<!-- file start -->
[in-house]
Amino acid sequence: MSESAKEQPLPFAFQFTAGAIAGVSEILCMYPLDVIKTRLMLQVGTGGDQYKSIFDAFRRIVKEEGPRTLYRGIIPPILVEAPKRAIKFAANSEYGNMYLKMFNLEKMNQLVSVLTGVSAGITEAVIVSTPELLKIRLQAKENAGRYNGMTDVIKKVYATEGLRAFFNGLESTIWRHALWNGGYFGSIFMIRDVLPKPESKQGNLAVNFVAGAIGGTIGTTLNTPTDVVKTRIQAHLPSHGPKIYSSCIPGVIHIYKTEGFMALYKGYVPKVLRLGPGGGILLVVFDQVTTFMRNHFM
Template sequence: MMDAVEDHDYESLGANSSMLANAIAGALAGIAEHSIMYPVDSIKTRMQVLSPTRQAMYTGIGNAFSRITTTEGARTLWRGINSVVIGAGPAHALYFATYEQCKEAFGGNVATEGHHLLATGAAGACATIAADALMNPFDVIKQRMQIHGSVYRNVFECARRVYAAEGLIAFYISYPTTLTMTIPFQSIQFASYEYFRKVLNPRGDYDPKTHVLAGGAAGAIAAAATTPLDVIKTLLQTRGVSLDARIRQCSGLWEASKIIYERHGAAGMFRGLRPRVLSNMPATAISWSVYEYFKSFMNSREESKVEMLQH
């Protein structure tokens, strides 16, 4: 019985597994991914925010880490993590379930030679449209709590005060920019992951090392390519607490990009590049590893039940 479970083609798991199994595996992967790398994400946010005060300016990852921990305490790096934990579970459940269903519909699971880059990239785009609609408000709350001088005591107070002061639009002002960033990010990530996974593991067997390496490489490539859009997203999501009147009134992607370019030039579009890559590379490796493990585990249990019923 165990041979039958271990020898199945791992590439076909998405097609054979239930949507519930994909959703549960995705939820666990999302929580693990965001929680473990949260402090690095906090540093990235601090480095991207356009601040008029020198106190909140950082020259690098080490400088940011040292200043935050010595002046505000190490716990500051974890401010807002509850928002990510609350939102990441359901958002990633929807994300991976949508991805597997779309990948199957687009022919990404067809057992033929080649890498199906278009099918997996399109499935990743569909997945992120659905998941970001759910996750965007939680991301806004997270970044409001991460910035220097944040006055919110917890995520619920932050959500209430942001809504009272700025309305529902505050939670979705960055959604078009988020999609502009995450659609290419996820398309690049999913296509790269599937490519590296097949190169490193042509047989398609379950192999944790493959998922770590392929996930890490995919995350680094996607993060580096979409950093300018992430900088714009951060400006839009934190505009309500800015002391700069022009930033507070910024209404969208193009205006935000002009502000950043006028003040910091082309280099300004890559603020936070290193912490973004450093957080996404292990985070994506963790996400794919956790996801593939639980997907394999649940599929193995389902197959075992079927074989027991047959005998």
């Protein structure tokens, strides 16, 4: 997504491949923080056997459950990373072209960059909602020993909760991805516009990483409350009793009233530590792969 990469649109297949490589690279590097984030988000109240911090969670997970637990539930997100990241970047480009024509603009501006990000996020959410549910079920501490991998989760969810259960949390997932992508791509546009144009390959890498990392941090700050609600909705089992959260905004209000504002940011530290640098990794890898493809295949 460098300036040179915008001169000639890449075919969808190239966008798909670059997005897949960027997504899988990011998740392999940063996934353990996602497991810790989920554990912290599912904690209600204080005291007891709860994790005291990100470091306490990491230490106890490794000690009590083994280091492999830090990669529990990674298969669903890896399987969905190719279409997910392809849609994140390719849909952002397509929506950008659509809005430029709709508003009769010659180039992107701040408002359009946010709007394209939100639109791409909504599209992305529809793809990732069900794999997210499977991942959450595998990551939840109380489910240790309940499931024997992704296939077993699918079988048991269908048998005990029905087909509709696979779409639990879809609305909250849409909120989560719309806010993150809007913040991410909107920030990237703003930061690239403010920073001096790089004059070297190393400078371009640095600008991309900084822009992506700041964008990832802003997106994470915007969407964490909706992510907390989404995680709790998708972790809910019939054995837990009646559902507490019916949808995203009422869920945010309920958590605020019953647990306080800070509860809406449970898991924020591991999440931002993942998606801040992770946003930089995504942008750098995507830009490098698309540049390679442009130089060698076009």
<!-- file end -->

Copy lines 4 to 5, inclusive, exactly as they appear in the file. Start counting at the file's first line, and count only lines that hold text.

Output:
């Protein structure tokens, strides 16, 4: 019985597994991914925010880490993590379930030679449209709590005060920019992951090392390519607490990009590049590893039940 479970083609798991199994595996992967790398994400946010005060300016990852921990305490790096934990579970459940269903519909699971880059990239785009609609408000709350001088005591107070002061639009002002960033990010990530996974593991067997390496490489490539859009997203999501009147009134992607370019030039579009890559590379490796493990585990249990019923 165990041979039958271990020898199945791992590439076909998405097609054979239930949507519930994909959703549960995705939820666990999302929580693990965001929680473990949260402090690095906090540093990235601090480095991207356009601040008029020198106190909140950082020259690098080490400088940011040292200043935050010595002046505000190490716990500051974890401010807002509850928002990510609350939102990441359901958002990633929807994300991976949508991805597997779309990948199957687009022919990404067809057992033929080649890498199906278009099918997996399109499935990743569909997945992120659905998941970001759910996750965007939680991301806004997270970044409001991460910035220097944040006055919110917890995520619920932050959500209430942001809504009272700025309305529902505050939670979705960055959604078009988020999609502009995450659609290419996820398309690049999913296509790269599937490519590296097949190169490193042509047989398609379950192999944790493959998922770590392929996930890490995919995350680094996607993060580096979409950093300018992430900088714009951060400006839009934190505009309500800015002391700069022009930033507070910024209404969208193009205006935000002009502000950043006028003040910091082309280099300004890559603020936070290193912490973004450093957080996404292990985070994506963790996400794919956790996801593939639980997907394999649940599929193995389902197959075992079927074989027991047959005998």
């Protein structure tokens, strides 16, 4: 997504491949923080056997459950990373072209960059909602020993909760991805516009990483409350009793009233530590792969 990469649109297949490589690279590097984030988000109240911090969670997970637990539930997100990241970047480009024509603009501006990000996020959410549910079920501490991998989760969810259960949390997932992508791509546009144009390959890498990392941090700050609600909705089992959260905004209000504002940011530290640098990794890898493809295949 460098300036040179915008001169000639890449075919969808190239966008798909670059997005897949960027997504899988990011998740392999940063996934353990996602497991810790989920554990912290599912904690209600204080005291007891709860994790005291990100470091306490990491230490106890490794000690009590083994280091492999830090990669529990990674298969669903890896399987969905190719279409997910392809849609994140390719849909952002397509929506950008659509809005430029709709508003009769010659180039992107701040408002359009946010709007394209939100639109791409909504599209992305529809793809990732069900794999997210499977991942959450595998990551939840109380489910240790309940499931024997992704296939077993699918079988048991269908048998005990029905087909509709696979779409639990879809609305909250849409909120989560719309806010993150809007913040991410909107920030990237703003930061690239403010920073001096790089004059070297190393400078371009640095600008991309900084822009992506700041964008990832802003997106994470915007969407964490909706992510907390989404995680709790998708972790809910019939054995837990009646559902507490019916949808995203009422869920945010309920958590605020019953647990306080800070509860809406449970898991924020591991999440931002993942998606801040992770946003930089995504942008750098995507830009490098698309540049390679442009130089060698076009």